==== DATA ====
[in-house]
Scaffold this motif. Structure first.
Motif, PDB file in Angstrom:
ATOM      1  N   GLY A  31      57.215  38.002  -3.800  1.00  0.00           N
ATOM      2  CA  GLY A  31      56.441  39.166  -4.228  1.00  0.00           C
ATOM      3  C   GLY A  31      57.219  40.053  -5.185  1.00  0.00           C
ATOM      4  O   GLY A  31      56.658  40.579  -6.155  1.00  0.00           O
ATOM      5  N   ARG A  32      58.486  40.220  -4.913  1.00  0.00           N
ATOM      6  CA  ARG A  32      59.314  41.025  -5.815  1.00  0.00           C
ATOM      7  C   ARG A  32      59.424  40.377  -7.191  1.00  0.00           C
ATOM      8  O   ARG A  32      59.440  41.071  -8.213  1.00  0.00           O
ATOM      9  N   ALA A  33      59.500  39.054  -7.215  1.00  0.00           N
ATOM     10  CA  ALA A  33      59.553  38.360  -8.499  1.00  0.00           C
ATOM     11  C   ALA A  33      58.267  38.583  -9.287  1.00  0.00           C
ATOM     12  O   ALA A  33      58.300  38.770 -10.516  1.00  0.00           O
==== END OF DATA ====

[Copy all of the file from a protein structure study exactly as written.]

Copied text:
[in-house]
Scaffold this motif. Structure first.
Motif, PDB file in Angstrom:
ATOM      1  N   GLY A  31      57.215  38.002  -3.800  1.00  0.00           N
ATOM      2  CA  GLY A  31      56.441  39.166  -4.228  1.00  0.00           C
ATOM      3  C   GLY A  31      57.219  40.053  -5.185  1.00  0.00           C
ATOM      4  O   GLY A  31      56.658  40.579  -6.155  1.00  0.00           O
ATOM      5  N   ARG A  32      58.486  40.220  -4.913  1.00  0.00           N
ATOM      6  CA  ARG A  32      59.314  41.025  -5.815  1.00  0.00           C
ATOM      7  C   ARG A  32      59.424  40.377  -7.191  1.00  0.00           C
ATOM      8  O   ARG A  32      59.440  41.071  -8.213  1.00  0.00           O
ATOM      9  N   ALA A  33      59.500  39.054  -7.215  1.00  0.00           N
ATOM     10  CA  ALA A  33      59.553  38.360  -8.499  1.00  0.00           C
ATOM     11  C   ALA A  33      58.267  38.583  -9.287  1.00  0.00           C
ATOM     12  O   ALA A  33      58.300  38.770 -10.516  1.00  0.00           O